Pro Tip: A way to achieve this could be to implement blind hiring practices in your HR department and work to eliminate any biases.
12. Lead by example.
Whether it’s meeting deadlines, clocking into work on time, or increasing productivity, expecting your employees to live up to standards you aren’t meeting yourself is unfair. You have to set a positive example for your staff. That means approaching new tasks with enthusiasm and doing your part to ensure the company meets its goals.
Pro Tip: Don’t be afraid to get your hands dirty and step in to help with tedious projects when needed.
13. Offer more helpful constructive feedback.
As a leader, you should feel comfortable giving feedback to employees so that they know when they’re on the right track and where improvements can be made. Check-in with employees and give frequent positive feedback and constructive criticism to guide them along.
Pro Tip: Instead of waiting for something to go wrong to give feedback or waiting until an annual review, schedule weekly check-ins and make a point to acknowledge great work as soon as you see it.
14. Improve employee relations.
At a time when many employees are working from home and not together in a single office space, fostering strong professional relationships can be difficult. Making it a leadership goal to improve relationships among employees can ultimately build a stronger team that is dedicated to moving the company forward.
Pro Tip: Schedule bi-weekly or monthly coffee chats or virtual games to build community within the company and to allow your employees time to get to know each other in a relaxing environment.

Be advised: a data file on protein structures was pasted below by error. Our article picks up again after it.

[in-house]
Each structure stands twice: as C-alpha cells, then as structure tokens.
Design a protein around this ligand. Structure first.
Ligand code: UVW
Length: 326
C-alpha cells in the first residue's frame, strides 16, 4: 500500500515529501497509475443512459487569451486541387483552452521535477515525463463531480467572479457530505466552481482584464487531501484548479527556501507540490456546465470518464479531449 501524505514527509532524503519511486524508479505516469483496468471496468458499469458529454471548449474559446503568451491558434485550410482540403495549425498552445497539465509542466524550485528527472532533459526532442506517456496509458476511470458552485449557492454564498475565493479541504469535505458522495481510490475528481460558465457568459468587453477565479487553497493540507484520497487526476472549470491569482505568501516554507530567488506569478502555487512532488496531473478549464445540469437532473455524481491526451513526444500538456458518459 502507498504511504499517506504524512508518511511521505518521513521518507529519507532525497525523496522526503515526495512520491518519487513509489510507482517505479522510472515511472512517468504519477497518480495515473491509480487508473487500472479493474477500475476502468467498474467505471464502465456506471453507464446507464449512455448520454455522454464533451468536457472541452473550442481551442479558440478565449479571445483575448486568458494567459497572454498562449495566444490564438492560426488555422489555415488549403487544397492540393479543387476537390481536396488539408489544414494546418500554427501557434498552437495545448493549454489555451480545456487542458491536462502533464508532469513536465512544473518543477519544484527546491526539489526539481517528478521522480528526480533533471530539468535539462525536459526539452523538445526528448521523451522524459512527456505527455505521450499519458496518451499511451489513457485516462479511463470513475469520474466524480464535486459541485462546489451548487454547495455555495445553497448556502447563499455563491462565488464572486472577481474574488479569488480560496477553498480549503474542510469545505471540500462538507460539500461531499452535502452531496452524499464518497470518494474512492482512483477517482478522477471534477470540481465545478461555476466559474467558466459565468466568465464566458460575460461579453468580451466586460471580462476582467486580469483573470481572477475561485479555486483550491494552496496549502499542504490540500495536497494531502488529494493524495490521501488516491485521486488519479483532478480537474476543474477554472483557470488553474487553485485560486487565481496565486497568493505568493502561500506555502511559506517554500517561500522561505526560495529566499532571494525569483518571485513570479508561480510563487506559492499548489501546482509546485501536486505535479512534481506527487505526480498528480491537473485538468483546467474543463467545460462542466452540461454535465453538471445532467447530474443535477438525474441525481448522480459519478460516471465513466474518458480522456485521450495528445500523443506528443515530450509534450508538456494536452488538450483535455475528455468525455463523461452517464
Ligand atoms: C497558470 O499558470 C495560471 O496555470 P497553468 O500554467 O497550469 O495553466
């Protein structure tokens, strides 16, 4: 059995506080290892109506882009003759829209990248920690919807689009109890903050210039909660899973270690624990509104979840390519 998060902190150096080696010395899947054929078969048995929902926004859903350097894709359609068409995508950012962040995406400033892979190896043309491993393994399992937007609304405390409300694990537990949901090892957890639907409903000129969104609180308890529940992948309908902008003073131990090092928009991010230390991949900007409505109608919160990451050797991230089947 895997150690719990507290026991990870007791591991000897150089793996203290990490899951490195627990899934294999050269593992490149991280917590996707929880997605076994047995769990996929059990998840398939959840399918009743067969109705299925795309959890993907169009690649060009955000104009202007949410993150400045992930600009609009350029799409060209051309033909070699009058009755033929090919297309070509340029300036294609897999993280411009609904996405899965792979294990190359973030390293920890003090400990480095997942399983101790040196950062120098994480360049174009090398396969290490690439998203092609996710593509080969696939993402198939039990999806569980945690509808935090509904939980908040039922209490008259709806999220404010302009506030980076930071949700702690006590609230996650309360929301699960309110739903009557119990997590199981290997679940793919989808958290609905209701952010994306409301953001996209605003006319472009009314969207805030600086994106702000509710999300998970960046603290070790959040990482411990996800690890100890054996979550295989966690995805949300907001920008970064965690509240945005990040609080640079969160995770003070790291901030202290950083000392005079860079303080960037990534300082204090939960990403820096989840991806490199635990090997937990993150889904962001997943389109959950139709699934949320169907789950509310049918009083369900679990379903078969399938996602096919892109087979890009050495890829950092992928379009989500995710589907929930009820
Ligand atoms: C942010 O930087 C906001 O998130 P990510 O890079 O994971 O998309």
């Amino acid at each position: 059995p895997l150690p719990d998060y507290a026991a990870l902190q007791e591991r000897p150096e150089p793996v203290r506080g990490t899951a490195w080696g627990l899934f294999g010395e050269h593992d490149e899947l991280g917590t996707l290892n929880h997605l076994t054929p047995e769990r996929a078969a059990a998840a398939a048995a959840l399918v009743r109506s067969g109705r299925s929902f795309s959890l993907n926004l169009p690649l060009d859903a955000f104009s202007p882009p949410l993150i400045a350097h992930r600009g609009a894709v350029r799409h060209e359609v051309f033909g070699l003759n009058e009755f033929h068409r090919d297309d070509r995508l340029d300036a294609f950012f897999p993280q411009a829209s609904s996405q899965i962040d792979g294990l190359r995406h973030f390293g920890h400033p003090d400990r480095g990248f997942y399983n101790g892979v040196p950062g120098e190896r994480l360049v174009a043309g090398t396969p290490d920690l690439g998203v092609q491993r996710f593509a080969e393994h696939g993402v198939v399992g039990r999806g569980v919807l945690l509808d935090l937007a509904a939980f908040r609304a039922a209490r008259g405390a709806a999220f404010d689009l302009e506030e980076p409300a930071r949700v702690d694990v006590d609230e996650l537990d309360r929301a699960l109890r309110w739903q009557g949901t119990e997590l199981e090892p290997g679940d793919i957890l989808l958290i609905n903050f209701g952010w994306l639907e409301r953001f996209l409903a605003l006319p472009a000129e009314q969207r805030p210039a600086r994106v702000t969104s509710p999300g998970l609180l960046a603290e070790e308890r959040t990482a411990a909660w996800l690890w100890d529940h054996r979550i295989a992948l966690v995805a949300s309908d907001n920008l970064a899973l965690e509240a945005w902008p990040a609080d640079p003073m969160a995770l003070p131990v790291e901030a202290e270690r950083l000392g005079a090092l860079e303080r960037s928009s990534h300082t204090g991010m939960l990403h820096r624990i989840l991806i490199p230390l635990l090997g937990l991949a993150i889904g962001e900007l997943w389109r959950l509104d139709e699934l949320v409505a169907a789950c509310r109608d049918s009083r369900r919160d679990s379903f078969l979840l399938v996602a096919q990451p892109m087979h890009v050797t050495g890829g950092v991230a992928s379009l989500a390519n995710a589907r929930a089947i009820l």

15. Improve decision-making skills.
Make it a goal to find a decision-making process that helps you make sound decisions in a timely manner. This will help your team get started on projects sooner and allow the company to meet more deadlines. That decision-making process may include consulting your team for their input.
Pro Tip: This is yet another example of why it’s important to delegate certain tasks. Having someone you can appoint as a person you can defer to for input on decisions can help lessen the stress of decision-making.
16. Become aware of your team’s personal strengths.
Understanding your team’s individual strengths and weaknesses will make it easier to designate tasks most effectively. Make a point to evaluate each individual’s strength and assign tasks that will utilize those strengths. Your team will feel appreciated and production will go more smoothly.
Pro Tip: Once per quarter, send out surveys to employees asking them to highlight their strengths and areas they’d like to improve.
No matter how long you’ve been a leader, you should always have specific, actionable leadership goals to work toward. Becoming complacent inhibits growth — both yours and your company’s — so always reassess yourself and hold yourself accountable.
Originally published Jun 1, 2022 7:00:00 AM, updated June 01 2022